Government told to go ‘back to the drawing board’ with Electricity Market Reform proposals

UK government plans to sneak a new nuclear subsidy through the

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backdoor were blasted in a report published today by Westminster’s Energy and Climate Change Committee.

The Coalition Agreement that formed the basis of the Conservative-Lib Dem Government last summer pledged to allow new nuclear power stations to be built ‘provided that they receive no public subsidy’. But MPs today echoed our own concerns that government’s Electricity Market Reform proposals will effectively provide subsidies to nuclear generators through new long term contracts and a carbon price floor that would hand them windfall profits.

Government proposals for Electricity Market Reform should focus on supporting new and emerging clean technologies and cutting the need for new

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power plants through energy efficiency, smart grids, storage and connections with other European countries.   Instead they appear to have been designed to prop up an industry which has had five decades to stand on its own two feet.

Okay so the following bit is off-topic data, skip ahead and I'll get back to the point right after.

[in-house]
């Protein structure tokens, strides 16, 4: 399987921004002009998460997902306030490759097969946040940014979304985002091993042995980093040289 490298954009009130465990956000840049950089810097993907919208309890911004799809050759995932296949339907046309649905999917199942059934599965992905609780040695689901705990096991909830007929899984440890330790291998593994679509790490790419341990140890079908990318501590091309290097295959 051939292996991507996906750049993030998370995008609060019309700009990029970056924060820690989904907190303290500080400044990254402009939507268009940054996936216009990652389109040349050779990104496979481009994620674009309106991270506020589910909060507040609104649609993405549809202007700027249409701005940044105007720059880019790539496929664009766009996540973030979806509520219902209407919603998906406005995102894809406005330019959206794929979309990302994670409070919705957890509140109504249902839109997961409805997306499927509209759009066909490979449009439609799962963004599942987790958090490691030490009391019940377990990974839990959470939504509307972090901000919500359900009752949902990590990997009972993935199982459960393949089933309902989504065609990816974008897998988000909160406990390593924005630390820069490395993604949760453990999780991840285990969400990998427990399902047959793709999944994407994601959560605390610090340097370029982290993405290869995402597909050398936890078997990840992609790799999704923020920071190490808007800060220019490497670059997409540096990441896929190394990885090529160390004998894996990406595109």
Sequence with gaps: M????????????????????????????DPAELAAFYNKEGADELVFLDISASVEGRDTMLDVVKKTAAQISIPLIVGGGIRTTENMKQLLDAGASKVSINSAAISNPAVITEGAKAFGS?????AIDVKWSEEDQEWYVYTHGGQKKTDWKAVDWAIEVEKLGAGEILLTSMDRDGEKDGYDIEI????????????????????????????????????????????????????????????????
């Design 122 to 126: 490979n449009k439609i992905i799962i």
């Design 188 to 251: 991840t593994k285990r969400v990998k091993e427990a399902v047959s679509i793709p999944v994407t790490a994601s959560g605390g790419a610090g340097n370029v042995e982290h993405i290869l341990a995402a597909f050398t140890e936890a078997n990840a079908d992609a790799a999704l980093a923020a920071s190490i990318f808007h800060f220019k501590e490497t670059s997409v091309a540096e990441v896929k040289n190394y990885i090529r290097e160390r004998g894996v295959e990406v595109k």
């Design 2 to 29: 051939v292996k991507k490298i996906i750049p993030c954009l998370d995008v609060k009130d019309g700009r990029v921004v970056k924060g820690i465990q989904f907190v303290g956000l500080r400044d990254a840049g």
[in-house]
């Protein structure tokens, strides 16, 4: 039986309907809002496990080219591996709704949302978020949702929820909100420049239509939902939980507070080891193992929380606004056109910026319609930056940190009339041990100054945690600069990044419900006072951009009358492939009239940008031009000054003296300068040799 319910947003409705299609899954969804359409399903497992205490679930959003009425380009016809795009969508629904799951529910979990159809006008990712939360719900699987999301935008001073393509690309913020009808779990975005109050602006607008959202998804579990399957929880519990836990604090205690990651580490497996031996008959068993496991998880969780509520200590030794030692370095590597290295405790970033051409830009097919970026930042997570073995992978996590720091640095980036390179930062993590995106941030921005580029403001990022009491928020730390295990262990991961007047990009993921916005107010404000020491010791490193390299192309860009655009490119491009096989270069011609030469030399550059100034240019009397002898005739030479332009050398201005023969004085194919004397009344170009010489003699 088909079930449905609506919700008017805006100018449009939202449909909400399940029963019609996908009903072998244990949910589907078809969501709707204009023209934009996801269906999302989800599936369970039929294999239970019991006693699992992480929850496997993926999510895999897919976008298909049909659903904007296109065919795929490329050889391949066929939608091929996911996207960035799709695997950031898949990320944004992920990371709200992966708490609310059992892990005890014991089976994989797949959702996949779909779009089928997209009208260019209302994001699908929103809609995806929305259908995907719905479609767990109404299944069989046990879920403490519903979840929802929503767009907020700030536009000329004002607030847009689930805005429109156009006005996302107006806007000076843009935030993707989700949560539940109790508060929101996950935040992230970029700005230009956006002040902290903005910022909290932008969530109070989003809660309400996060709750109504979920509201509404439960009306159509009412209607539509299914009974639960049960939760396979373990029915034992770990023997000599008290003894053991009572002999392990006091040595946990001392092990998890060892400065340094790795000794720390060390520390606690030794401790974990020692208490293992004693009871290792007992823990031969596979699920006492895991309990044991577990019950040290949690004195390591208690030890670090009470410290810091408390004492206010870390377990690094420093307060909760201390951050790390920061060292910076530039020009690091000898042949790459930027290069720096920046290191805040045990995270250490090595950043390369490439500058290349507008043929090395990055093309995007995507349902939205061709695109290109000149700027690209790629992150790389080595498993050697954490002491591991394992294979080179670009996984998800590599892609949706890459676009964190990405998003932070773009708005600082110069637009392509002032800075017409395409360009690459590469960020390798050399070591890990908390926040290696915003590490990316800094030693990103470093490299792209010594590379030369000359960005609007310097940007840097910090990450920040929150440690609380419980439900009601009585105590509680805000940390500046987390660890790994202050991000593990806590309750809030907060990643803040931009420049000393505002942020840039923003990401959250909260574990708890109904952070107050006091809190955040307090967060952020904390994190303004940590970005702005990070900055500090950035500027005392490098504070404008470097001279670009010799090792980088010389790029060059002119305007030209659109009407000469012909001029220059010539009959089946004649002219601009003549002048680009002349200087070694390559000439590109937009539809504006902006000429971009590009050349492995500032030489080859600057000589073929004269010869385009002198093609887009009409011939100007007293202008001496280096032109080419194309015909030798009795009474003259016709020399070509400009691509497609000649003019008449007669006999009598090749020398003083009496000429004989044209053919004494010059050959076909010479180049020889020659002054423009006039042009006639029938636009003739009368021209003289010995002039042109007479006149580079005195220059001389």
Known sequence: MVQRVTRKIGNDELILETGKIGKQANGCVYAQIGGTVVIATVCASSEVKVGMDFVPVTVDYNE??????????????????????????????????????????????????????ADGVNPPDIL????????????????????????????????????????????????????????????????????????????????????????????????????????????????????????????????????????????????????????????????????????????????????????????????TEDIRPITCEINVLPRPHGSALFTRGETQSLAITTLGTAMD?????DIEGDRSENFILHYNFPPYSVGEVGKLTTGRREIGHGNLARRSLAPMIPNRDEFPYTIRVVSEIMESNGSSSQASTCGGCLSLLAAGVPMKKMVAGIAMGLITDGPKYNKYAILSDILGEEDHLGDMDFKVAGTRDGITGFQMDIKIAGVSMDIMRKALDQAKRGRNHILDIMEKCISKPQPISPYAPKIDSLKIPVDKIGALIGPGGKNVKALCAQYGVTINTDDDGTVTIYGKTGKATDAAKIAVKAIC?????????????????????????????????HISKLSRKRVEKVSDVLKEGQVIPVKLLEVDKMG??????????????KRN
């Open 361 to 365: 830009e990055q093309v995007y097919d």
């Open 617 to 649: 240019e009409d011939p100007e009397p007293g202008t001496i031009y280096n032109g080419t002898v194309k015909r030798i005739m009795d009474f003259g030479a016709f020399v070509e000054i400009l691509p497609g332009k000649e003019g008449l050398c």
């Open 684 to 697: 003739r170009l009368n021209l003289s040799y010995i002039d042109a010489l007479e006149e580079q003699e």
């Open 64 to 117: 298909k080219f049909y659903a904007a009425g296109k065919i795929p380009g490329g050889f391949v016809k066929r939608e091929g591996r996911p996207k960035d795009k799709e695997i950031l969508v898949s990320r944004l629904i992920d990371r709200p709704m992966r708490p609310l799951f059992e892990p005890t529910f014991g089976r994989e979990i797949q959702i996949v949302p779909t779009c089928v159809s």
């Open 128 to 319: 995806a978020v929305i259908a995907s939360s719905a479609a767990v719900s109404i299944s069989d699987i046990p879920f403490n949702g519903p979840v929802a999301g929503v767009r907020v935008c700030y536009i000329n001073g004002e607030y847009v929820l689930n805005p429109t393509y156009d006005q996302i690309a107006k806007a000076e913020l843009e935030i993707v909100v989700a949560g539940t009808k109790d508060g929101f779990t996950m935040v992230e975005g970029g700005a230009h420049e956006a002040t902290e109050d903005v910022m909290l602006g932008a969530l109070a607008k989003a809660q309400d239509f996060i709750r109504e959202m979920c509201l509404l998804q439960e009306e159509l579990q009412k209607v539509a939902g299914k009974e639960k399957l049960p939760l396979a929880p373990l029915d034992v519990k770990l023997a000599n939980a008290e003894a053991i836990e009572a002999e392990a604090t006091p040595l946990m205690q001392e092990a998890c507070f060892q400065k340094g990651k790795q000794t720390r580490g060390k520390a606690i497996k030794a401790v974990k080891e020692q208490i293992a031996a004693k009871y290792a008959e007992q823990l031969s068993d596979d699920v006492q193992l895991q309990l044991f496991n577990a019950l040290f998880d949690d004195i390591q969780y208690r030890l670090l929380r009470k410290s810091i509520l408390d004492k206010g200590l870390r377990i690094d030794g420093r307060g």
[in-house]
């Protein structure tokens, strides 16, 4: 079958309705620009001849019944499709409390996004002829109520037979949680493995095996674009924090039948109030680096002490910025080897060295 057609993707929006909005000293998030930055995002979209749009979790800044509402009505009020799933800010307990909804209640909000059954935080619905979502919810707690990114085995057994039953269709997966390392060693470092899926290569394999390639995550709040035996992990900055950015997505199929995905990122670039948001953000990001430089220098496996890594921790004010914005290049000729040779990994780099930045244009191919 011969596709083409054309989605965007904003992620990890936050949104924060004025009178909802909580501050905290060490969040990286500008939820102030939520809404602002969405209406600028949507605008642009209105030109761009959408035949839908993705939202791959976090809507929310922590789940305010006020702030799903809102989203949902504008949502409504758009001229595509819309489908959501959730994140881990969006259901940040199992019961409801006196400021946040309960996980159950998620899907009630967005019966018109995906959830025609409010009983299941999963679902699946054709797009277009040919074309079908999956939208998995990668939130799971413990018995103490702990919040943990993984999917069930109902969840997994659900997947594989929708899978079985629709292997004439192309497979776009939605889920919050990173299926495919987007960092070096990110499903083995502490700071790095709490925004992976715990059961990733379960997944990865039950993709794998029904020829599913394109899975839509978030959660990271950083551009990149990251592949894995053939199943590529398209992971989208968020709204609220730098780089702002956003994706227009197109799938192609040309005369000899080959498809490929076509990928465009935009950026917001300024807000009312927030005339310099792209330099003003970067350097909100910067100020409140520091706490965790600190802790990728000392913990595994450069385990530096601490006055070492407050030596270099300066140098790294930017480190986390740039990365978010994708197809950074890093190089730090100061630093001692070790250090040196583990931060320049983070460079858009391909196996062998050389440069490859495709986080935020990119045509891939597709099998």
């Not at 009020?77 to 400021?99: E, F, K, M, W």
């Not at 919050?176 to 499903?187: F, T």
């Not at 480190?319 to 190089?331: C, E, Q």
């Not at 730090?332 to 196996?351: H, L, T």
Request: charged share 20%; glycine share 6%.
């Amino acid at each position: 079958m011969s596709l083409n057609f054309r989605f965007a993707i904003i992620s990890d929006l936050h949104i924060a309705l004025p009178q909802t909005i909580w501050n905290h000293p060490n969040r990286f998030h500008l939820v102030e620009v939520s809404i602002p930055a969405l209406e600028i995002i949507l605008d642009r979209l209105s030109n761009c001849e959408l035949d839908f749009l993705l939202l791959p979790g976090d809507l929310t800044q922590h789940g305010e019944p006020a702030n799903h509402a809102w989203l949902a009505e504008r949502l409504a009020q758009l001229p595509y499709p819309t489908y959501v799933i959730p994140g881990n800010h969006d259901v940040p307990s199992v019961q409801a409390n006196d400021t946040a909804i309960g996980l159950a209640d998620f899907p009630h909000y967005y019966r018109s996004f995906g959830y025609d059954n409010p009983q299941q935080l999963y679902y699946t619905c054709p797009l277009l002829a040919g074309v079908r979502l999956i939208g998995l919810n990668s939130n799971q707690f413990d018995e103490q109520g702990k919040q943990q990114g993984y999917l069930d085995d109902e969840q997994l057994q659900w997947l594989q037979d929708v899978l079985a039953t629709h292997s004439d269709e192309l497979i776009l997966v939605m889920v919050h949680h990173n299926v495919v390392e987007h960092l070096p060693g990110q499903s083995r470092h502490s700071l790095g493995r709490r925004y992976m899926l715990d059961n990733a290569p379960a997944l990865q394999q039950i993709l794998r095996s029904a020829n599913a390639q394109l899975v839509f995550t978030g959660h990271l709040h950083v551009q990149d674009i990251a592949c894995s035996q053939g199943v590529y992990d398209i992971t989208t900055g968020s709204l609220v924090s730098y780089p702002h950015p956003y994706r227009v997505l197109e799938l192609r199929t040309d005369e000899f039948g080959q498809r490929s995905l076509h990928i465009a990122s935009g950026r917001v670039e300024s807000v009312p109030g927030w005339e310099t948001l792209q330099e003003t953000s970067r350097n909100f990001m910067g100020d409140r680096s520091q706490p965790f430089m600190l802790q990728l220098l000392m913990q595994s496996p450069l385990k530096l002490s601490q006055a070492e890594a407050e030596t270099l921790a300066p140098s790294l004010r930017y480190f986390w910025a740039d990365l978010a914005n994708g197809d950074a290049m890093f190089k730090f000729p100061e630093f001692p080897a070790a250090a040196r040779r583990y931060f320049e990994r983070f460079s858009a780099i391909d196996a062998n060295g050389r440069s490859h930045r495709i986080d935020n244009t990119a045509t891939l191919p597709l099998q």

It’s not surprising that the government is reluctant to come clean about this U-turn in policy. Restructuring the market to be hopelessly loaded in favour of nuclear will suck investment away from safer and more economic options.

As Committee Chair Tim Yeo put it, it is “deeply irresponsible to skew the whole process of electricity market reform simply to save face.  The Government must go back to the drawing board and come up with a more straightforward and coherent set of plans to reform the electricity market.”

The report, available here, concludes:

•   The wholesale market should be fundamentally reformed to break up the dominance of the Big Six energy companies, in order to allow new entrants to invest in the UK and improve the liquidity of the market.

•   The long term contracts designed to encourage low carbon energy sources—known as Feed-in-Tariffs with Contracts for Difference—will work for nuclear, but different types of contract are needed for renewables and other clean technologies.

•   It is too early for the Government to design a capacity mechanism given the rapid development of smart meters, interconnectors and storage systems that could remove the need for “peaking plant”.

•   The Carbon Price Support is a necessary short term solution to weaknesses in the EU Emission Trading System, but will increase costs for consumers and could provide a windfall profits to existing nuclear generators.